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[ODDS and EVENS] World Basketball Day Celebrates its Past and Present

A UN General Assembly resolution designated December 21, the day the sport was invented in 1891 by Dr James Naismith, as World Basketball Day.

The first-ever World Basketball Day was held on Thursday, December 21 around the world. 

What a wonderful idea.

Promote the game and encourage people everywhere to celebrate its rich history and individual and collective success stories, including present-day accomplishments.

This day was given official global recognition on August 25, when the UN General Assembly adopted a resolution to recognize December 21 as World Basketball Day.

For FIBA, also known as the International Basketball Federation, the significance of being recognized with a day in the sport's honor is a big deal.

Just ask FIBA secretary general Andreas Zagklis.

"We are tremendously proud of the establishment of World Basketball Day and very grateful to the UN and other partner organizations who continue to recognize the positive role that basketball plays for millions of different people living around the globe," Zagklis said in a statement. 

"The fact that basketball is the first team sport to receive such recognition is a clear demonstration and endorsement of the vast societal benefits it delivers, as well as the unlimited potential that exists in utilizing 'Basketball For Good.'"

So why was December chosen as World Basketball Day?

It's a way of honoring history. 

Dr James Naismith is credited with inventing the game on December 21, 1891, in Springfield, Massachusetts. And the first game was held on that day at the International Young Men's Christian Association (YMCA) Training School.

The UN's Embrace of World Basketball Day

In articulating why the UN supports a World Basketball Day, Tatiana Valovaya, Director-General of the United Nations at Geneva, delivered the following remarks: "Aligning perfectly with our 2030 Agenda, basketball serves as a powerful enabler in driving sustainable development. It's not just a game but a platform that changes perceptions, challenges prejudices, and unites communities worldwide.

"The sport's ability to bring together people from diverse backgrounds and cultures, speaking a universal language of unity and inclusivity, is truly remarkable."

FIBA's Plans to Celebrate and Promote the Day

As 2023 marks the first annual (and official) day of basketball-themed celebrations for the entire world, FIBA played a tone-setting role in organizing a number of activities.

The following details were announced in a FIBA news release:

A special event at the Patrick Baumann House of Basketball for dignitaries from the various UN entities and partner organizations in Geneva, as well as guests from the International Olympic Committee (IOC), the Association of Summer Olympic International Federations (ASOIF), and representatives from the YMCA.

The FIBA Foundation is also using the first World Basketball Day to launch its annual photo contest. Fittingly, this year's theme is 'Basketball For Good,' with more details of the competition available here.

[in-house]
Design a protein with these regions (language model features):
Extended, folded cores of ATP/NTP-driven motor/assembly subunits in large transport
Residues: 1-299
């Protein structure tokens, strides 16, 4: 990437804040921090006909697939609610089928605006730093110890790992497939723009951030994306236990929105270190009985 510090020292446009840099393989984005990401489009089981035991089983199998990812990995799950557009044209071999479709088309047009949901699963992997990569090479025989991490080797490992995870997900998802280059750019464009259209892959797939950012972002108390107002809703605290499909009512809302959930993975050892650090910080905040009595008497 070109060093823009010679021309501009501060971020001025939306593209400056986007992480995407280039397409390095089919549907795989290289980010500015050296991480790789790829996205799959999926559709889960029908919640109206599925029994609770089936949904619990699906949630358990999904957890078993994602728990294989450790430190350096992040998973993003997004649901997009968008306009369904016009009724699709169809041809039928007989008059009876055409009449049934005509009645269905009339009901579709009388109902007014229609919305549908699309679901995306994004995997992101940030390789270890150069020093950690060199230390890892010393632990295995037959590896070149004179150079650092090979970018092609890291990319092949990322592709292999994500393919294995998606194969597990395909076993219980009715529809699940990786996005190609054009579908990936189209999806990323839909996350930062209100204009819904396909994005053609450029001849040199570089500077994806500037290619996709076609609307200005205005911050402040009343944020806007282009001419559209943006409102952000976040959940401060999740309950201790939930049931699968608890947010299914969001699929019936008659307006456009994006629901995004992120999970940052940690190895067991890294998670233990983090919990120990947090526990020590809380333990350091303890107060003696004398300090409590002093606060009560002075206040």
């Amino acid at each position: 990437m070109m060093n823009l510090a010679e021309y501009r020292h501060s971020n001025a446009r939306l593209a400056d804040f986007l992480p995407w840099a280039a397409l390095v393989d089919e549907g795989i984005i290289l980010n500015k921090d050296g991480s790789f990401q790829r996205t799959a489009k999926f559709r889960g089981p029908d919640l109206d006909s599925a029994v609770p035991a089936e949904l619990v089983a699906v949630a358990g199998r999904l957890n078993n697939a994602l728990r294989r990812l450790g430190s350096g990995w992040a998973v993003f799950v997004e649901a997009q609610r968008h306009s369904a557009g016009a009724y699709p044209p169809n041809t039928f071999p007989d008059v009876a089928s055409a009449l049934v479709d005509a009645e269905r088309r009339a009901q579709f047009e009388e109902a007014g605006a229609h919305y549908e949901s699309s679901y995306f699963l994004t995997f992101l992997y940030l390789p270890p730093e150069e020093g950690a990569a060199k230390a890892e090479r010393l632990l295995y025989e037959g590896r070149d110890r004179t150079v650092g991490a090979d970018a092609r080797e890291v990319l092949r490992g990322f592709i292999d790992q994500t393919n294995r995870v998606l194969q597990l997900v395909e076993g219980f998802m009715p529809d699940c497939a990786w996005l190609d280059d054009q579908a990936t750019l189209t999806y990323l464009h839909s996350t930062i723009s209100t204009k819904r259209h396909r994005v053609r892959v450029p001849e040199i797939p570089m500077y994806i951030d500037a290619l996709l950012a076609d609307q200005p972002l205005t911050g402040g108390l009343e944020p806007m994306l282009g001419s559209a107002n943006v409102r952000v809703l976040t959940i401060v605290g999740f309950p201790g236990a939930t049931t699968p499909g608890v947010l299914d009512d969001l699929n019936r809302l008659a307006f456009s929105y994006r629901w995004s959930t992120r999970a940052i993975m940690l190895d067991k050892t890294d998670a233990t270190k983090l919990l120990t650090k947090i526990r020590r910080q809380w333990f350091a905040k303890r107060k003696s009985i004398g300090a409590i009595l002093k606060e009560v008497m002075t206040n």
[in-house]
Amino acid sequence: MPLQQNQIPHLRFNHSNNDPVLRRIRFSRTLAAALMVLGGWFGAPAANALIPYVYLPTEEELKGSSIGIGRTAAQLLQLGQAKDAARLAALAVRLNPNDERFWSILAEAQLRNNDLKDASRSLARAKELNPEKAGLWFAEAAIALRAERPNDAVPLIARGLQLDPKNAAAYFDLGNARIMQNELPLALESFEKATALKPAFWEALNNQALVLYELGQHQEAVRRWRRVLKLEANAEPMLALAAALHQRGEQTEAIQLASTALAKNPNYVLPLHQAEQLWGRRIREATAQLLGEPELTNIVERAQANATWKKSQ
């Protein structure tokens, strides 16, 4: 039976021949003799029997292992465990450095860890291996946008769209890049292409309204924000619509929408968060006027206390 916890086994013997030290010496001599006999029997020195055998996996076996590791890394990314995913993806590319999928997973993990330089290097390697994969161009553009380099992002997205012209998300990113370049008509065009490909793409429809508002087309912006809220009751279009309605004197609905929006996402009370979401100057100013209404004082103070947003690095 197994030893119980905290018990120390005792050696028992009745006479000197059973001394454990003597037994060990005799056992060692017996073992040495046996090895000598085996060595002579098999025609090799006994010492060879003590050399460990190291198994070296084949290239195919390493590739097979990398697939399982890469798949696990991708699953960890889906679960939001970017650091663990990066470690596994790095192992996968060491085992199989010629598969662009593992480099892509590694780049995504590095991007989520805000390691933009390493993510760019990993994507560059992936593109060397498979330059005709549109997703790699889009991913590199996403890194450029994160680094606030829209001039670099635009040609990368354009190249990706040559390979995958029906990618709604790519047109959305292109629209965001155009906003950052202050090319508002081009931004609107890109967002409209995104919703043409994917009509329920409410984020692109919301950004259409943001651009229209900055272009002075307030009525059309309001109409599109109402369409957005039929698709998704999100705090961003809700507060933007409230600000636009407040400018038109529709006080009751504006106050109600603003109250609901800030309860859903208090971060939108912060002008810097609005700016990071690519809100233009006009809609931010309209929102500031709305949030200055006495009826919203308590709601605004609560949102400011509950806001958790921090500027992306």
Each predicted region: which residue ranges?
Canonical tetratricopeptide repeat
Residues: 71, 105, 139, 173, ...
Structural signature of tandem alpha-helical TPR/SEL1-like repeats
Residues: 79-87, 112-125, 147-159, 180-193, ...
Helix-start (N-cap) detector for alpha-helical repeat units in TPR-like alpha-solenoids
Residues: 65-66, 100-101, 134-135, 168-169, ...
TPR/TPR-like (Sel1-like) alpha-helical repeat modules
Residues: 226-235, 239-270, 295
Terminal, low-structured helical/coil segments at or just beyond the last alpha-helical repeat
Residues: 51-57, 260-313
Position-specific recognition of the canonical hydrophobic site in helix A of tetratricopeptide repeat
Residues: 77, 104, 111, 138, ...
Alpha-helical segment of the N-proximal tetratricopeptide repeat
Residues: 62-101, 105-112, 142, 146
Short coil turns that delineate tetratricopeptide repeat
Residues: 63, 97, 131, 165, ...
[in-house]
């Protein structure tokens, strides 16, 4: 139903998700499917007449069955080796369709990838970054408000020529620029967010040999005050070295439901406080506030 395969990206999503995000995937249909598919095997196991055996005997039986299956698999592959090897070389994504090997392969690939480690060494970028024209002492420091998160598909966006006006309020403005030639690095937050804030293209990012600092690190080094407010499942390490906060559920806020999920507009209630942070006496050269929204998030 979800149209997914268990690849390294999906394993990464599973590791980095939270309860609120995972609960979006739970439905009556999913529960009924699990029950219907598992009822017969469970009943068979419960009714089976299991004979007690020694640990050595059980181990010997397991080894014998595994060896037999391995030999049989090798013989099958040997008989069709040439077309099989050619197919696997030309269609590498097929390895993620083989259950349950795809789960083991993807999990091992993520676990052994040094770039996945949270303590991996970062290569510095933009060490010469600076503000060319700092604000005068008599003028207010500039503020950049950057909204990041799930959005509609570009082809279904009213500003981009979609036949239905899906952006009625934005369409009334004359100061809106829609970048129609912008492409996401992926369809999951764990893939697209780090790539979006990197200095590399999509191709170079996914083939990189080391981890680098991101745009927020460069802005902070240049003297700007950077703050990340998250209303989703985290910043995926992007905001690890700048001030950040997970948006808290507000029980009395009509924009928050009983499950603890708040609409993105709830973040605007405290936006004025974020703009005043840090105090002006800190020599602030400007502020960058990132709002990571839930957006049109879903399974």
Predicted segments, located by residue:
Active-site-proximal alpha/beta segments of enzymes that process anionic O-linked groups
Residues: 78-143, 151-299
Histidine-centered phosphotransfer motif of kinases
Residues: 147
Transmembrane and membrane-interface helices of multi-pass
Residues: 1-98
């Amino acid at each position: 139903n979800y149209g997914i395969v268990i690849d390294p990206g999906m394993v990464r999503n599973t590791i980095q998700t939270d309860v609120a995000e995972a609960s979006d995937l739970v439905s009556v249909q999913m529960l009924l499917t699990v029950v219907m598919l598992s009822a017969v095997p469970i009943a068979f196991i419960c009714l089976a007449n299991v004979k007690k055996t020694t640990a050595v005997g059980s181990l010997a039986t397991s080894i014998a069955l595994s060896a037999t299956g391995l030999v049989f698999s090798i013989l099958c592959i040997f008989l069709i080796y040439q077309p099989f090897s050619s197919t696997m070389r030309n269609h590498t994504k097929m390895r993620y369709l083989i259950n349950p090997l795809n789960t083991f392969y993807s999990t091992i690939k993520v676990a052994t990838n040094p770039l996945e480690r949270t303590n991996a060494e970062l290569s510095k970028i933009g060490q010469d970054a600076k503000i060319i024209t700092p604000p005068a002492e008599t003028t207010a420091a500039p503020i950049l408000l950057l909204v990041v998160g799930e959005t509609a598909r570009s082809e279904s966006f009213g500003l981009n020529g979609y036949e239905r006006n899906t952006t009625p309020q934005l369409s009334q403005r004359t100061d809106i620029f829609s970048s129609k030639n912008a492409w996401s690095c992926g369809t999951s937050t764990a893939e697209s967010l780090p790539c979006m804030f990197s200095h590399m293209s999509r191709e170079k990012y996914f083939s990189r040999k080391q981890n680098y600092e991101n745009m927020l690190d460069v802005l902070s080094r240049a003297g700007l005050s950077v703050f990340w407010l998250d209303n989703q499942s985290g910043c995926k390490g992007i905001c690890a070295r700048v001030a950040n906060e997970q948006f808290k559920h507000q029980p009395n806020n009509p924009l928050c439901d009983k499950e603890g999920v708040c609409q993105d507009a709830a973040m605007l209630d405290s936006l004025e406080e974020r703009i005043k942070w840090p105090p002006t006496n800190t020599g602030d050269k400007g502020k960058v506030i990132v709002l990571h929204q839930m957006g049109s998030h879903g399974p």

A special social wall on fiba.basketball has been created where all posts with #WorldBasketballDay will be featured to mark the special occasion. 

Meanwhile, every National Federation has also been invited to play their part and this will see the entire global FIBA Family working together to make World Basketball Day as memorable as possible.

Phoenix Suns veteran Yuta Watanabe defends Golden State Warriors forward Jonathan Kuminga on December 12 in Phoenix. (Mark J. Rebilas/USA TODAY SPORTS)

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Notable Numbers: The NBA as a Global Catalyst for Basketball

In the NBA, the world's premier pro basketball league, there were 125 international players from 40 countries and territories on opening-day rosters in October. This is a record number for the league, which has had 100 or more international players for 10 consecutive seasons.

Among the 125 players cited above, Yuta Watanabe of the Phoenix Suns and Rui Hachimura of the Los Angeles Lakers are in their sixth and fifth NBA seasons, respectively.

Los Angeles Lakers forward Rui Hachimura dunks in a game against the San Antonio Spurs on December 13. (GETTY IMAGES/via KYODO)

Both players are national heroes in Japan. They inspire youngsters to play the game, emulate their on-court moves and work hard to develop and improve their skill sets.

The same is true, of course, for the biggest stars in the game, including winners of the past five NBA MVP awards: Greek-born Giannis Antetokounmpo (2018-19, 2019-20), Serbian superstar Nikola Jokic (2020-21, 2021-22) and Cameroon native Joel Embiid (2022-23).

Denver Nuggets center Nikola Jokic (Isaiah J Downing/USA TODAY SPORTS)

Philadelphia 76ers center Joel Embiid (Rick Osentoski/USA TODAY SPORTS)

Promoting World Basketball Day Through Images

How did the Japan Basketball Association, the sport's national governing body, promote World Basketball Day via its official social media accounts?

On X (formerly Twitter), the JBA shared an iconic image from September at Okinawa Arena during the FIBA Basketball World Cup. It showed the Japan men's national team's celebratory pose after qualifying for the 2024 Paris Olympics.

The JBA also posted on X the following photo collage prompting people to share their favorite FIBA Women's Asia Cup memory.

If you've read up to this point, I think you've devoted plenty of time to my upbeat thoughts about World Basketball Day.

Now, go ahead and grab a basketball. Practice or play a game.


Author: Ed Odeven

Find Ed on JAPAN Forward's dedicated website, SportsLook. Follow his [Japan Sports Notebook] on Sundays, [Odds and Evens] during the week, and X (formerly Twitter) ï¼ ed_odeven.

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